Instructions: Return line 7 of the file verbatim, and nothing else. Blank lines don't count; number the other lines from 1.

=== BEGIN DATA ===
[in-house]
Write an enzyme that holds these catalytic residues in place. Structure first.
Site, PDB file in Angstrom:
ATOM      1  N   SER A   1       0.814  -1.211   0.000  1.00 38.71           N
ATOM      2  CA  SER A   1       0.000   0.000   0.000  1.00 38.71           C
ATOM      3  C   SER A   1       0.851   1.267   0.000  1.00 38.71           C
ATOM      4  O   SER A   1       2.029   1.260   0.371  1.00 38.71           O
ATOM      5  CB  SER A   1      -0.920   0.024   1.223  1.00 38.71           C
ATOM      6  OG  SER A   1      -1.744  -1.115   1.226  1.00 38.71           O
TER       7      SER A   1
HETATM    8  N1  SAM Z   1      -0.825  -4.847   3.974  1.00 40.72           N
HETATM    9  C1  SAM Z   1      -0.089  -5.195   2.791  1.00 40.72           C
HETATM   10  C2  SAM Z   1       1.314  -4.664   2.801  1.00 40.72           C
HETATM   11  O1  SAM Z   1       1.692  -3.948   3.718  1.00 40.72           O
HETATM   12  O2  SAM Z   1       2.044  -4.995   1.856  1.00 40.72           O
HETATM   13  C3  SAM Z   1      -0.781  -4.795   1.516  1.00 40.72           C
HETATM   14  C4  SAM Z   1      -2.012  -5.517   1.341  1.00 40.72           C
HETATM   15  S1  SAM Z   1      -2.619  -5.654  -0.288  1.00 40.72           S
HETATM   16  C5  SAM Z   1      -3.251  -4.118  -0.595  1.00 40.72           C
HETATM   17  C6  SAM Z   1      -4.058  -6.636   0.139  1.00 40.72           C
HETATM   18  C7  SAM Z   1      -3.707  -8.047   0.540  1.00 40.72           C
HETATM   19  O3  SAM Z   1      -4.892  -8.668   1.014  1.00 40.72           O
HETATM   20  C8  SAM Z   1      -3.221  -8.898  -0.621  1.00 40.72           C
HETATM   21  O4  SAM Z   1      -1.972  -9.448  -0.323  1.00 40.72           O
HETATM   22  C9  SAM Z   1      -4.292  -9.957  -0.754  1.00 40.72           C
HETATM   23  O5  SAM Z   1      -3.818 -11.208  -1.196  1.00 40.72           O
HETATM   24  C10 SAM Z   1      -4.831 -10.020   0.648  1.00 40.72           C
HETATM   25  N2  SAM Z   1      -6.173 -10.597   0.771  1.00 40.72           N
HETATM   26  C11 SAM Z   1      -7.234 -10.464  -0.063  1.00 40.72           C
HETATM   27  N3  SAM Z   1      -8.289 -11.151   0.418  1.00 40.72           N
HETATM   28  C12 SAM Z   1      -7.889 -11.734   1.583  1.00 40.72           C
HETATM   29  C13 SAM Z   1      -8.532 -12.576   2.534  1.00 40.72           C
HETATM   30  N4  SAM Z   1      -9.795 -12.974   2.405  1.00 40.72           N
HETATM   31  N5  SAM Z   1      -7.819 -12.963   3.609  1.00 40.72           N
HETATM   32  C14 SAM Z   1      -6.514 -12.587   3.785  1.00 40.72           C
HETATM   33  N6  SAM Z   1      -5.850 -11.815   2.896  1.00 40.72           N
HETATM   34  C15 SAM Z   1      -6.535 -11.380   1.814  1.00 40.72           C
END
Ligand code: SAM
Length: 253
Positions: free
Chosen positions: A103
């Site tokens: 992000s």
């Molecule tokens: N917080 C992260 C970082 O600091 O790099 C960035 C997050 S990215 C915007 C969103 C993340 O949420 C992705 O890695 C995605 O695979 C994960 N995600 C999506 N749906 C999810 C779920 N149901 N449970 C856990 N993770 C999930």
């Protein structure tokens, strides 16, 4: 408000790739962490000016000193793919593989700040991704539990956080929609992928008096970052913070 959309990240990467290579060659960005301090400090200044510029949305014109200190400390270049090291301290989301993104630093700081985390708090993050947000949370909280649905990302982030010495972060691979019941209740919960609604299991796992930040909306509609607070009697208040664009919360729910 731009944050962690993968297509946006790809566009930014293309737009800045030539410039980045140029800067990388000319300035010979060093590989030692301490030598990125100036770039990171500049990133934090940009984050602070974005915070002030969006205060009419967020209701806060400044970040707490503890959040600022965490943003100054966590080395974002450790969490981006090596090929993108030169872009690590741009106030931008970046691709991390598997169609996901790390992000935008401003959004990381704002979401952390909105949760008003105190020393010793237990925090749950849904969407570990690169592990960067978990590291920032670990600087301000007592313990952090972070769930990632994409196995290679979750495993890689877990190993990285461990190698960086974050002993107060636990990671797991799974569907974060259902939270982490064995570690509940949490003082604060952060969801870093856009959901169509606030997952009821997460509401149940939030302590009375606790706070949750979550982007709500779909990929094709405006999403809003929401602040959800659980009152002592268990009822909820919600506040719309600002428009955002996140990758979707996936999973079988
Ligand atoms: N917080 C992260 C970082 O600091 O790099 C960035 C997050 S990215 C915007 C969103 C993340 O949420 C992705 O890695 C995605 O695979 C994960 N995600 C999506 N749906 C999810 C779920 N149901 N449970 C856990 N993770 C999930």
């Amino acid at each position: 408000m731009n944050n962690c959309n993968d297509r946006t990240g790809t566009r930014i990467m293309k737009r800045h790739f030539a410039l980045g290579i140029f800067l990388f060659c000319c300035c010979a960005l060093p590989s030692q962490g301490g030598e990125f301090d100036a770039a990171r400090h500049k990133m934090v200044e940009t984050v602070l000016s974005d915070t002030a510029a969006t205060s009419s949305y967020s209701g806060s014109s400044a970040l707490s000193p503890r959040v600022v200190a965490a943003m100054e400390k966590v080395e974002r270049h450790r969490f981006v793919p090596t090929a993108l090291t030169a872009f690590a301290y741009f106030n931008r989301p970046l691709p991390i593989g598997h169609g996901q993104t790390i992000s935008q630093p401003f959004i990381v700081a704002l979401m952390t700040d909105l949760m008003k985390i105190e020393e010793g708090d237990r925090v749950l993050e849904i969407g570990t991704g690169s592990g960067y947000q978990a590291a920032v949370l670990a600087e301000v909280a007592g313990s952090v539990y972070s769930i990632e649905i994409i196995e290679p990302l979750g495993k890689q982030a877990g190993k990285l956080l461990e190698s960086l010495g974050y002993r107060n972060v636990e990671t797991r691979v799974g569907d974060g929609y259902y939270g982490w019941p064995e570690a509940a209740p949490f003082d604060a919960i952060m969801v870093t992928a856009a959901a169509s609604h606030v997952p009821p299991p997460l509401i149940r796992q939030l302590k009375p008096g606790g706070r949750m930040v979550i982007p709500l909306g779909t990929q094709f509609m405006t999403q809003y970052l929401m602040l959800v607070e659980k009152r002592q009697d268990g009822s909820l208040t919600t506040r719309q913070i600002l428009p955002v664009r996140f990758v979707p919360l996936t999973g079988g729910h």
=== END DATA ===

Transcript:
ATOM      4  O   SER A   1       2.029   1.260   0.371  1.00 38.71           O